Bryn Mawr College recognizes the serious effects of alcohol and other drug abuse on the performance and well-being of its students, faculty and staff. While respecting the independence of its community members, the College administration requires that all members of the campus community comply with local and federal laws, including those that govern use of alcohol and other drugs (AOD). Bryn Mawr College has no ability or authority to shield individuals from prosecution under federal, state, or local law.
- Bryn Mawr College Alcohol and Drug Policy (PDF) (excerpted from the 2018-19 Student Handbook)
Drugs and Alcohol
The minimum drinking age in Pennsylvania is 21 years. Anyone under the age of 21 is prohibited from purchasing, possessing, or consuming alcohol. Persons over the age of 18 are permitted to serve alcohol, so an exception is made in the possession portion of the law in this respect. Many states have exceptions for consuming alcohol made for religious or medicinal purposes, but Pennsylvania does not have exceptions for either.
A person under the age of 21 may also be arrested, charged, and convicted of underage drinking through constructive possession, even if they had not consumed any alcohol, simply by being in the presence of alcohol. This mainly occurs when officials break up large parties or other events where alcohol is being consumed and the issuance of chemical tests to every individual is deemed impractical.
Possession, sale, purchase, and transportation of marijuana and other controlled substances is prohibited by local and federal law.
Driving, operating, or being in actual physical control of the movement of vehicle under the influence of alcohol or drugs is a crime in Pennsylvania.
Multiple misdemeanors, infractions involving drugs or alcohol, and other criminal activities can have serious immigration consequences.
- Some immigration consequences do not require that there be a conviction.
- Consequences may be immediate or can arise years after the event has occurred.
Alcohol and/or drug use, as well as criminal activity, can impact an individual’s admissibility to the U.S.
The Department of State has the authority to provisionally revoke an individual’s visa if they are considered to be inadmissible to the U.S. This authority is called “prudential visa revocation.” These revocations can be based on derogatory information sent to the Department of State by another government agency.
Prudential revocations can occur without the individual appearing before a consular or border protection officer. While the Department of State may notify the foreign national that their visa has been revoked, they are not required to do so. Likewise, airlines may or may not receive notification of prudential visa revocations. In other words, an individual may not discover that their visa has been prudentially revoked until they try to return to the U.S. after international travel, apply for a new visa stamp, and/or apply for another immigration benefit.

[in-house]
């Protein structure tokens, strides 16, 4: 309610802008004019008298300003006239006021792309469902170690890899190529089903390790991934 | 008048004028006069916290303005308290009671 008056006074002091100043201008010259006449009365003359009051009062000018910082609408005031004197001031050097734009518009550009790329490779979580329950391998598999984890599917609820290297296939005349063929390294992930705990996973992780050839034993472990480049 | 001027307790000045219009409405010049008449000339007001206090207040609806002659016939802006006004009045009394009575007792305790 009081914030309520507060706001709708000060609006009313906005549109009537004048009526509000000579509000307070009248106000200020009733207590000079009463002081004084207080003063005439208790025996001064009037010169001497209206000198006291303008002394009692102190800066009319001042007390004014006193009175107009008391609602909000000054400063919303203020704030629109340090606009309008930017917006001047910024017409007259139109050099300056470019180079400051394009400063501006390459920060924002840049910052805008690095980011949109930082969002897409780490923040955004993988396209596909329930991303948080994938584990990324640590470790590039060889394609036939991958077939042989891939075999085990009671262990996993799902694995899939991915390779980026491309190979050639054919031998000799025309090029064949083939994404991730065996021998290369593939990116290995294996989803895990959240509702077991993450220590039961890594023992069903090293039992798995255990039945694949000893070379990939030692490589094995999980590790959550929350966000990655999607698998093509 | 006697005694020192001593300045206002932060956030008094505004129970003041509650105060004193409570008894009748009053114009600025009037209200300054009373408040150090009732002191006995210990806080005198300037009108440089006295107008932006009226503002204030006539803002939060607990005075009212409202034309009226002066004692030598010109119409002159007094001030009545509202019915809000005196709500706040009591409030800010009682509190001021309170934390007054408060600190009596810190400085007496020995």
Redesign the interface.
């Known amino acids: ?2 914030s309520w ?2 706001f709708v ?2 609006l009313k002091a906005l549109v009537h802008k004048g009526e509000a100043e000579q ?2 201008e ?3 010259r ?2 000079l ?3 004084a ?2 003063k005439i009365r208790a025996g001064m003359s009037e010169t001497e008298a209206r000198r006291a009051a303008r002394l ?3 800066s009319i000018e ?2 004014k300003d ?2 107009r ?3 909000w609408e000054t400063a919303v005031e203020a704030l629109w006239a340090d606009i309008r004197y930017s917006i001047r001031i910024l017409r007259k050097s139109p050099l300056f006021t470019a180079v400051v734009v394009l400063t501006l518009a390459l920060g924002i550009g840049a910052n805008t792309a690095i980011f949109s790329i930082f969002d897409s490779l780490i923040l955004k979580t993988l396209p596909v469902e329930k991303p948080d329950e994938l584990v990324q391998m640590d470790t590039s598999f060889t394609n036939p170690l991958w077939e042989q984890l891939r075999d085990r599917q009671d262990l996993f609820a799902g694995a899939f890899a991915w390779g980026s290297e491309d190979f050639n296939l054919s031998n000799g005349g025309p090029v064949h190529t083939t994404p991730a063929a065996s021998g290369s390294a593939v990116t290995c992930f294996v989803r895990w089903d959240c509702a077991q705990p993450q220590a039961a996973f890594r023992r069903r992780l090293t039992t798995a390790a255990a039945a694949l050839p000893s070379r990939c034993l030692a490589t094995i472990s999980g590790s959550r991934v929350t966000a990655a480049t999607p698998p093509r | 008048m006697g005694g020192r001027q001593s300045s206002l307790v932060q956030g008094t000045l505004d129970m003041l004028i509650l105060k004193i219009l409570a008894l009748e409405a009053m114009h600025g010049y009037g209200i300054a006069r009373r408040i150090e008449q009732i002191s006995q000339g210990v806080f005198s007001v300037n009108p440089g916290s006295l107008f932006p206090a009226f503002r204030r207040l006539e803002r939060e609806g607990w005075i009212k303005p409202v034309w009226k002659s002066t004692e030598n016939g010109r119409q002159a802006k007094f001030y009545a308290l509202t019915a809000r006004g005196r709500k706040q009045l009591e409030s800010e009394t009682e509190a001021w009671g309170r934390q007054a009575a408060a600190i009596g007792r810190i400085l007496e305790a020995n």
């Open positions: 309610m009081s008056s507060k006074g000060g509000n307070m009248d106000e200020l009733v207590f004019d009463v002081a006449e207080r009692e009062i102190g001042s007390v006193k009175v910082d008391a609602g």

The Department of State may prudentially revoke a visa based on an individual’s arrest or conviction of a DUI or similar arrests/convictions.
An individual whose visa has been revoked may be considered deportable from the U.S. Applying for a new visa after revocation may be difficult or impossible, depending on the facts of the specific case.
Additional Immigration Consequences Without a Conviction
An individual who admits to having committed the essential elements of a crime relating to a controlled substance is inadmissible to the U.S. This applies to actions that occurred anywhere in the world where that activity was illegal at the time. This includes regulations that do not require that the individual intended to break the law (also known as “regulatory offense,” “statutory offense,” or “administrative crime”). An individual who admits to having committed the essential elements of a crime may be inadmissible regardless of whether an arrest or conviction has occurred.
Individuals should assume that any visa application or application for an immigrant benefit will include a background check.
Applicants for visas or other immigration benefits bear the burden of proof to show that they are eligible for the requested benefit. The officer reviewing such requests has a level of discretion in deciding whether that burden was met and whether to grant the requested benefit.
Immigration forms regularly ask broadly-worded questions to elicit information from applicants about whether they have engaged in unlawful activities anywhere in the world. Such questions can be found on applications for in-country filings, such as the green card application, dependent application, and citizenship application forms.
Certain activities may impact admissibility to the U.S. Drug/alcohol abuse is a topic that is subject to scrutiny. Likewise, failure to disclose requested information or any misrepresentations on immigration paperwork is viewed very seriously by immigration officials.
Please consult International Student and Scholar Services and Advising or experienced immigration counsel if you are concerned about these issues.